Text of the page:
Skip to comments.At Quantico, the ultimate test
Posted on 11/29/2009 5:54:36 AM PST by Saije
There is no yelling. No invective. No spittle-laced derision.
Instead, there is a soft, warm welcome for the dozens of young men and women reporting to Officer Candidates School at Quantico Marine Base in Virginia.
Arriving in polos and khakis, they check in at their leisure, anytime between 8 a.m. and 11:59 p.m., filing off buses or dropped off by well-wishing parents at what could just as well be the first day of college.
This is no Parris Island, the legendary boot camp in South Carolina where the drill instructors' ferocity explodes almost the instant recruits arrive. But for the next six weeks, as Col. Rick Mancini told the candidates in his orientation speech, "every part of your body, your mind, your spirit will be tested. . . . Your world will be rocked."
For the U.S. Marine Corps, this season's crop of candidates is vitally important. Marines are leading the way in Afghanistan and continuing the fight in Iraq, with increased numbers to satisfy the demands of the two simultaneous wars. The Marines need more young men and women who are willing to face combat while most of their peers stay home.
And so last summer, the deadliest since the war in Afghanistan began, Quantico welcomed its second-largest officer candidate class since the Vietnam War.
Despite the surprisingly easy start, this will be a grueling, sleep-deprived test for the 310 members of India Company. Those who pass can return next summer for another round of training toward becoming officers in the corps. But 15 to 30 percent of the candidates usually wash out, which is fine with the Marines, who know that not everyone is right for the rigorous lifestyle.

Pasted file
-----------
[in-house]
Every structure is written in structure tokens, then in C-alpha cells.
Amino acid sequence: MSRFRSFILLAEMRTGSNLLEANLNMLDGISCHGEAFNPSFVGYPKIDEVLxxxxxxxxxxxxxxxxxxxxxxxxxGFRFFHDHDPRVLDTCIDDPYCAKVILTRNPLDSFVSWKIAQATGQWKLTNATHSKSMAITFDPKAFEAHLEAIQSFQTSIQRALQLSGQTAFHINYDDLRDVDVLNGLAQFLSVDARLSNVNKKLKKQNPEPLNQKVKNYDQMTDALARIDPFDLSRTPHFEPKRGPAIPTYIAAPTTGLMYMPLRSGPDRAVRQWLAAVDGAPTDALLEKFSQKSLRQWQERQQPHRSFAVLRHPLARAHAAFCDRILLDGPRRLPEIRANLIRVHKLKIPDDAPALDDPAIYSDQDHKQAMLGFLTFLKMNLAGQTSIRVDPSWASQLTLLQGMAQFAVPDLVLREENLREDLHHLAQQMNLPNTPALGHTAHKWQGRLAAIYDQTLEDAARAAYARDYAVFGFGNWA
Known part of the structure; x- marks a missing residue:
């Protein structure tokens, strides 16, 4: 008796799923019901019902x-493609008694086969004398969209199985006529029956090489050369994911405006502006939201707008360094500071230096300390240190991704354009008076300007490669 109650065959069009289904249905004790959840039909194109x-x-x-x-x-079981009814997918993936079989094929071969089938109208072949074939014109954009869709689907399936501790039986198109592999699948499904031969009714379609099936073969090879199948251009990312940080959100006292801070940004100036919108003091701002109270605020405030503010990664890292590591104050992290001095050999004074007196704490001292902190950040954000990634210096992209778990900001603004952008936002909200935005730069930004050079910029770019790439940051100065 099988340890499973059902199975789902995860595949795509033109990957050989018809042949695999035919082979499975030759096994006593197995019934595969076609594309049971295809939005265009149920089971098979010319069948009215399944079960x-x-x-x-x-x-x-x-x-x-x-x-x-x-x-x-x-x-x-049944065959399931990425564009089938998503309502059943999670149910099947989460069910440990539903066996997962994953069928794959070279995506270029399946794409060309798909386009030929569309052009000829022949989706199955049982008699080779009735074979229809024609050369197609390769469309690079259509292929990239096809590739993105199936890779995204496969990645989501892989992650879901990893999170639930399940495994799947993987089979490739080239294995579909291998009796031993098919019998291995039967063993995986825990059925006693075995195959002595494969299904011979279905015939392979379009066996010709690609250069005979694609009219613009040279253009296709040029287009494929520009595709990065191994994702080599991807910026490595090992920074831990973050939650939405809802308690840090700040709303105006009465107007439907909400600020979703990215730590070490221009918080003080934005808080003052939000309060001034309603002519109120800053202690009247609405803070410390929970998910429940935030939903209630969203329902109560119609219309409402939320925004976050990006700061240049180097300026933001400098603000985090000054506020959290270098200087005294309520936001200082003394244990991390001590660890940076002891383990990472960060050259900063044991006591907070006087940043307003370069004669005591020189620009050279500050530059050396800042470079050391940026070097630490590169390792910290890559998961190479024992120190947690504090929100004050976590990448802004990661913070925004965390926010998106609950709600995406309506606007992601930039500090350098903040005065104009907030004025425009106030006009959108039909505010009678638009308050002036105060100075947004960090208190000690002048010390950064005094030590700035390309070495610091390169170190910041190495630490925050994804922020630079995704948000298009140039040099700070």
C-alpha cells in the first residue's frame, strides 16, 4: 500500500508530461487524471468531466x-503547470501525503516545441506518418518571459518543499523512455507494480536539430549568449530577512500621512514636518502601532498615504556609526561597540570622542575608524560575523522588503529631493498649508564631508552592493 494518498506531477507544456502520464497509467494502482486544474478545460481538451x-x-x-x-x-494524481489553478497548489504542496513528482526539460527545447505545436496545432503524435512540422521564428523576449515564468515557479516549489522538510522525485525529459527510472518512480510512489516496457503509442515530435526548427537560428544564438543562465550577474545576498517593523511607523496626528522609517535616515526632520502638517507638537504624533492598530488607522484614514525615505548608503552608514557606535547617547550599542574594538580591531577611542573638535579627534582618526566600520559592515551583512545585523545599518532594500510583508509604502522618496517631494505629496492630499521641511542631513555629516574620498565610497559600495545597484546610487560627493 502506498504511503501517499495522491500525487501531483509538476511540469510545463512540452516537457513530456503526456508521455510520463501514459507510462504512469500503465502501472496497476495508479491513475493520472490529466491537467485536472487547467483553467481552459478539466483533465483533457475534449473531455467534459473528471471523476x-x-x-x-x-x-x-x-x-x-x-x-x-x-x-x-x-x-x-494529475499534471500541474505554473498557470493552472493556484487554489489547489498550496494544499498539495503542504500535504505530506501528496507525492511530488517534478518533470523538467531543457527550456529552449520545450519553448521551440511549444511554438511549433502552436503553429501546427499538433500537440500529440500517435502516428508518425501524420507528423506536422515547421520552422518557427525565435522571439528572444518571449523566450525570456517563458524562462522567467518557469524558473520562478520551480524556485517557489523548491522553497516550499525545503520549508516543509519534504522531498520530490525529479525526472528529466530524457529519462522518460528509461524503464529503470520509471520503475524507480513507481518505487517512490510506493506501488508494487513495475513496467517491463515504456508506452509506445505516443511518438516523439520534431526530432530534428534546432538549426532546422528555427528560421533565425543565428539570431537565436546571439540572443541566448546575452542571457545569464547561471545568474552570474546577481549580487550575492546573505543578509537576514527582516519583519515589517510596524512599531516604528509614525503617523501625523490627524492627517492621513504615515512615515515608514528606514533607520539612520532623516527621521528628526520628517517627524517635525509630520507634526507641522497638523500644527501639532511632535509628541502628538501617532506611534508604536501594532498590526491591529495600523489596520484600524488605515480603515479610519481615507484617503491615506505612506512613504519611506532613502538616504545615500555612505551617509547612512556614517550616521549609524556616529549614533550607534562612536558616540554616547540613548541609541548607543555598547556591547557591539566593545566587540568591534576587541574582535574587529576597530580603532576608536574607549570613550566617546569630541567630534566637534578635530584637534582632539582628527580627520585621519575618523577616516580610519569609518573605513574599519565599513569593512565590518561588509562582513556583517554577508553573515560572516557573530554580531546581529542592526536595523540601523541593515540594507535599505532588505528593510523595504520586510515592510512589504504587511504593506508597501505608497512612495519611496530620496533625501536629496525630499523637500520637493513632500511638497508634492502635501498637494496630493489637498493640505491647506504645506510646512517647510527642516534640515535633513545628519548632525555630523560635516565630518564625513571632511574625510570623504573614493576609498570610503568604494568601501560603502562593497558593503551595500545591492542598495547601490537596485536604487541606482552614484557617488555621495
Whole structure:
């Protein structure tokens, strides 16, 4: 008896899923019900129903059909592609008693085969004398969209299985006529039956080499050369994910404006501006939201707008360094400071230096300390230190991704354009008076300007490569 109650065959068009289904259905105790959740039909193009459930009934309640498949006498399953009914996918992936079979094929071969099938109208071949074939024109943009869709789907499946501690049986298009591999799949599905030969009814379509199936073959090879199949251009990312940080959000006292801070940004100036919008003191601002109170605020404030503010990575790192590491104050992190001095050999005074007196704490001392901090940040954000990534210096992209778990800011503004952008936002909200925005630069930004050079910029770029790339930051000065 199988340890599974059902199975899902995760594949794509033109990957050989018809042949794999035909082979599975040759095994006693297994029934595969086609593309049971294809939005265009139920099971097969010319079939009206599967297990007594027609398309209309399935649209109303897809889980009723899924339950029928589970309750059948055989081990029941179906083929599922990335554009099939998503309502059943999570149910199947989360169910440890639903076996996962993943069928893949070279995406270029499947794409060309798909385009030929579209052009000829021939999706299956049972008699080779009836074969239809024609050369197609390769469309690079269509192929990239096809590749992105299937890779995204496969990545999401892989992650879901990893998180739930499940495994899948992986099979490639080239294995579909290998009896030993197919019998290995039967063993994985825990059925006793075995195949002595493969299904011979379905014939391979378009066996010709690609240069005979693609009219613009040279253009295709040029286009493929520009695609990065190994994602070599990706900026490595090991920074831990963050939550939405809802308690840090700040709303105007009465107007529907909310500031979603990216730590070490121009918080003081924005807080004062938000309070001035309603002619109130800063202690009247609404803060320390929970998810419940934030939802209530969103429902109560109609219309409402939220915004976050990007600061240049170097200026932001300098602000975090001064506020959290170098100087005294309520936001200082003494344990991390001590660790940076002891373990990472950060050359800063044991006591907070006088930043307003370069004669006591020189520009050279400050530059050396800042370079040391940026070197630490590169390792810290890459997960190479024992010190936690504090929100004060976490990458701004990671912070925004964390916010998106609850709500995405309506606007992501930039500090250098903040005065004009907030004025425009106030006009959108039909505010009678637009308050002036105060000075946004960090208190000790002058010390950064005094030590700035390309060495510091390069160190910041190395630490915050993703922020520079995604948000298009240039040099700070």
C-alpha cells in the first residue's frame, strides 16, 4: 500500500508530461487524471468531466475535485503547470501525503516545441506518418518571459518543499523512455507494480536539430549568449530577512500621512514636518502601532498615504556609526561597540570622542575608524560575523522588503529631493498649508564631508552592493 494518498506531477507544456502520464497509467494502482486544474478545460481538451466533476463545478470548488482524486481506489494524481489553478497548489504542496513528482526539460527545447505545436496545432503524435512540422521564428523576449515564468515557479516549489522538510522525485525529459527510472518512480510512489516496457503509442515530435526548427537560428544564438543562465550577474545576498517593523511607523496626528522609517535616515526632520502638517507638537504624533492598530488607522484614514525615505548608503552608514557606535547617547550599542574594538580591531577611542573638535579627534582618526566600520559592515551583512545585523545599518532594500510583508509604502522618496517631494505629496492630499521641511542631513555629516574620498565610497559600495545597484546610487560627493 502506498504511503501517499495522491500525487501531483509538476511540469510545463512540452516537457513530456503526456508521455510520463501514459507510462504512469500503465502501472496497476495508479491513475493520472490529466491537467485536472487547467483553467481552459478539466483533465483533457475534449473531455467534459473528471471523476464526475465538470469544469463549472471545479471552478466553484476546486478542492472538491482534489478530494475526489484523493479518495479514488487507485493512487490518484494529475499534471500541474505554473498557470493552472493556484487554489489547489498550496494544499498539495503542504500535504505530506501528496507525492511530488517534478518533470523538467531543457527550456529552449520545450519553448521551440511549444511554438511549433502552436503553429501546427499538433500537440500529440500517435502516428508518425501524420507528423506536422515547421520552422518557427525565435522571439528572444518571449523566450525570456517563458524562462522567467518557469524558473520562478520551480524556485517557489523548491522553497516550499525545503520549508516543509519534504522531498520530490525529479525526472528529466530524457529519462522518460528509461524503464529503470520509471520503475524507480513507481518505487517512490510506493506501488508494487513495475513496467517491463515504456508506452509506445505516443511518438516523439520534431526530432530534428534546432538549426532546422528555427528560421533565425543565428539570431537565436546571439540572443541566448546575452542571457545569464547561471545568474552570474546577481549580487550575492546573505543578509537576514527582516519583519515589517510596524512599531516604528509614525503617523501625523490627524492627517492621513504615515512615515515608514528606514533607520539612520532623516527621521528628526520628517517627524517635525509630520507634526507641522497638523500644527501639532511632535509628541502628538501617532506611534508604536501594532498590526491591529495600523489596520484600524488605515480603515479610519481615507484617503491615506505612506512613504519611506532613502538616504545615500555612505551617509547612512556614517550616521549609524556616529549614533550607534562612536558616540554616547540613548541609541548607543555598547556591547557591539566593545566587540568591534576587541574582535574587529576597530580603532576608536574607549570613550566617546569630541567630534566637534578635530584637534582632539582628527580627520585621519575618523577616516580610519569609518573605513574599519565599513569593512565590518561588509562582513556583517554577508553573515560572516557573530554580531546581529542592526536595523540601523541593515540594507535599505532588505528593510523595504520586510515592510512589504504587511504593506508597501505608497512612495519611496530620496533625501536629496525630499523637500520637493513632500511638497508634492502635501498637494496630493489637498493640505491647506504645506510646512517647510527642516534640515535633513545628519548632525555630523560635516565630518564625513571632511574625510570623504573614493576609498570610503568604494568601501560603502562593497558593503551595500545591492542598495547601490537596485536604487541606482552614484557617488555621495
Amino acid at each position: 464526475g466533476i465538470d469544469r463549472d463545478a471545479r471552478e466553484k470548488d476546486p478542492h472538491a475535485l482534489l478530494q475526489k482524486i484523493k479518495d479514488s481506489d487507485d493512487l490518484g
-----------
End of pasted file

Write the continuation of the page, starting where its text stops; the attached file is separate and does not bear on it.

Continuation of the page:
(Excerpt) Read more at washingtonpost.com ...
My son is there now.
Interesting that after five tries the Romney family never produced these sentiments in any of their five huskey sons.
So far not bad. The author would leave the uniformed reader with the impression though, that the men and women are going through the same training with the same standards. Nothing is further from the truth.
This brings back one of those “I’m glad I did it, but don’t want to ever do that again” memories. I went through the “Combined Course” which was one 10 week period instead of two 6 week periods. After my experience it would have been very hard to get motivated to go back for the second 6 weeks.
Indeed the hardest part was the lack of sleep which for us averaged about 3 hours a night for the first two weeks.
Did you mean uniformed (wearing a uniform) or uninformed (as in lacking specific knowledge)? It does make a difference!
Good catch, yes I did.
That would include the POS named Hollis French, Sarah Palin's "trooper-gate" nemesis in Alaska.
My son, A US Marine at the University of Minnesota, is opting for the 10 week OCS in 2011. Congratulations and our best for your son.
"Reveille" does that to me.
It's sad to see that today's corporate culture places braindead college graduates ahead of seasoned veterans with 20 years of experience in the field (whatever the profession may be, it doesn't seem to matter).
We are proud of him. . .and of you for raising such a fine young man.
In the early 70s it was about 50% the first summer and another 50% the second, so the overall pass rate was 25%.
Thank you so much. It is important for me to hear, although I have taught him to stand in honor, along with all of the things the Marine Corps teaches. Thus, he fits in quite nicely. My Uncle was a Marine Raider and my Father was in the US Army and served in the Phillipines, as well as my husband, who was a Captain in the Army in Korea, as was his Father, who served in the European theater. Without the service of those in the past, where would this country be? My son is very partriotic and respectful of his superiors and all of those who have served in our Armed Forces.
I am very proud of him and cannot wait until his graduation. Thank you for your kindness and supportive words, they mean a lot.